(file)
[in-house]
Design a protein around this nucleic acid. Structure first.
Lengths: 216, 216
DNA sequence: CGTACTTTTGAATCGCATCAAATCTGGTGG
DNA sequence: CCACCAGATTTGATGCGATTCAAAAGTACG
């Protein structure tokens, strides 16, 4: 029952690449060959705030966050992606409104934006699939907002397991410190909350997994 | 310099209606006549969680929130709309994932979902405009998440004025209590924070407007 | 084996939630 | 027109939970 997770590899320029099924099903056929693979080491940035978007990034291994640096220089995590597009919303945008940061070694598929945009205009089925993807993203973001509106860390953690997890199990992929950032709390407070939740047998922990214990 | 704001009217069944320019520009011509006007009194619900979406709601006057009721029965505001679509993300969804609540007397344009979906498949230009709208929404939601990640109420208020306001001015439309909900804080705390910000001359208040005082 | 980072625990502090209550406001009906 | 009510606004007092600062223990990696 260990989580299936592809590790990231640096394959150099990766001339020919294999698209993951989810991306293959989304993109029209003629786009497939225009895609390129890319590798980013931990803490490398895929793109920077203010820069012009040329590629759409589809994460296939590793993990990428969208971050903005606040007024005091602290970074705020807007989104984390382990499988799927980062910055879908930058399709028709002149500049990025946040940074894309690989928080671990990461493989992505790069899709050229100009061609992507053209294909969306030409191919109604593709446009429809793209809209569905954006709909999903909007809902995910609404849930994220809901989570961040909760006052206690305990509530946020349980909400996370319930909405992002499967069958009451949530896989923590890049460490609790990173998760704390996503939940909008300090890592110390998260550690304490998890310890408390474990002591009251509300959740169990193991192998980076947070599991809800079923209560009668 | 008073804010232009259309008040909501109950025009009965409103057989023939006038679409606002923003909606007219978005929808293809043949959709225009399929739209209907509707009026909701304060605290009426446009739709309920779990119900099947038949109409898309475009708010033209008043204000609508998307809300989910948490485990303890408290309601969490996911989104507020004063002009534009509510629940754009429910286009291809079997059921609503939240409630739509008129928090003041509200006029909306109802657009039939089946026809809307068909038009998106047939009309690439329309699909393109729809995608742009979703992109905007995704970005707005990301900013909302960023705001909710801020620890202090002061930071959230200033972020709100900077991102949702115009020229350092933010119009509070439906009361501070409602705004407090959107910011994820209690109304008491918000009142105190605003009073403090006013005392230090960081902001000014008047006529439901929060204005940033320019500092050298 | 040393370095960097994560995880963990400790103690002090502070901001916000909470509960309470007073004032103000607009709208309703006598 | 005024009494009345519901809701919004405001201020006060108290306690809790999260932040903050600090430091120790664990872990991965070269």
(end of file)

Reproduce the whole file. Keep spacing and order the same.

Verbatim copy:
[in-house]
Design a protein around this nucleic acid. Structure first.
Lengths: 216, 216
DNA sequence: CGTACTTTTGAATCGCATCAAATCTGGTGG
DNA sequence: CCACCAGATTTGATGCGATTCAAAAGTACG
């Protein structure tokens, strides 16, 4: 029952690449060959705030966050992606409104934006699939907002397991410190909350997994 | 310099209606006549969680929130709309994932979902405009998440004025209590924070407007 | 084996939630 | 027109939970 997770590899320029099924099903056929693979080491940035978007990034291994640096220089995590597009919303945008940061070694598929945009205009089925993807993203973001509106860390953690997890199990992929950032709390407070939740047998922990214990 | 704001009217069944320019520009011509006007009194619900979406709601006057009721029965505001679509993300969804609540007397344009979906498949230009709208929404939601990640109420208020306001001015439309909900804080705390910000001359208040005082 | 980072625990502090209550406001009906 | 009510606004007092600062223990990696 260990989580299936592809590790990231640096394959150099990766001339020919294999698209993951989810991306293959989304993109029209003629786009497939225009895609390129890319590798980013931990803490490398895929793109920077203010820069012009040329590629759409589809994460296939590793993990990428969208971050903005606040007024005091602290970074705020807007989104984390382990499988799927980062910055879908930058399709028709002149500049990025946040940074894309690989928080671990990461493989992505790069899709050229100009061609992507053209294909969306030409191919109604593709446009429809793209809209569905954006709909999903909007809902995910609404849930994220809901989570961040909760006052206690305990509530946020349980909400996370319930909405992002499967069958009451949530896989923590890049460490609790990173998760704390996503939940909008300090890592110390998260550690304490998890310890408390474990002591009251509300959740169990193991192998980076947070599991809800079923209560009668 | 008073804010232009259309008040909501109950025009009965409103057989023939006038679409606002923003909606007219978005929808293809043949959709225009399929739209209907509707009026909701304060605290009426446009739709309920779990119900099947038949109409898309475009708010033209008043204000609508998307809300989910948490485990303890408290309601969490996911989104507020004063002009534009509510629940754009429910286009291809079997059921609503939240409630739509008129928090003041509200006029909306109802657009039939089946026809809307068909038009998106047939009309690439329309699909393109729809995608742009979703992109905007995704970005707005990301900013909302960023705001909710801020620890202090002061930071959230200033972020709100900077991102949702115009020229350092933010119009509070439906009361501070409602705004407090959107910011994820209690109304008491918000009142105190605003009073403090006013005392230090960081902001000014008047006529439901929060204005940033320019500092050298 | 040393370095960097994560995880963990400790103690002090502070901001916000909470509960309470007073004032103000607009709208309703006598 | 005024009494009345519901809701919004405001201020006060108290306690809790999260932040903050600090430091120790664990872990991965070269």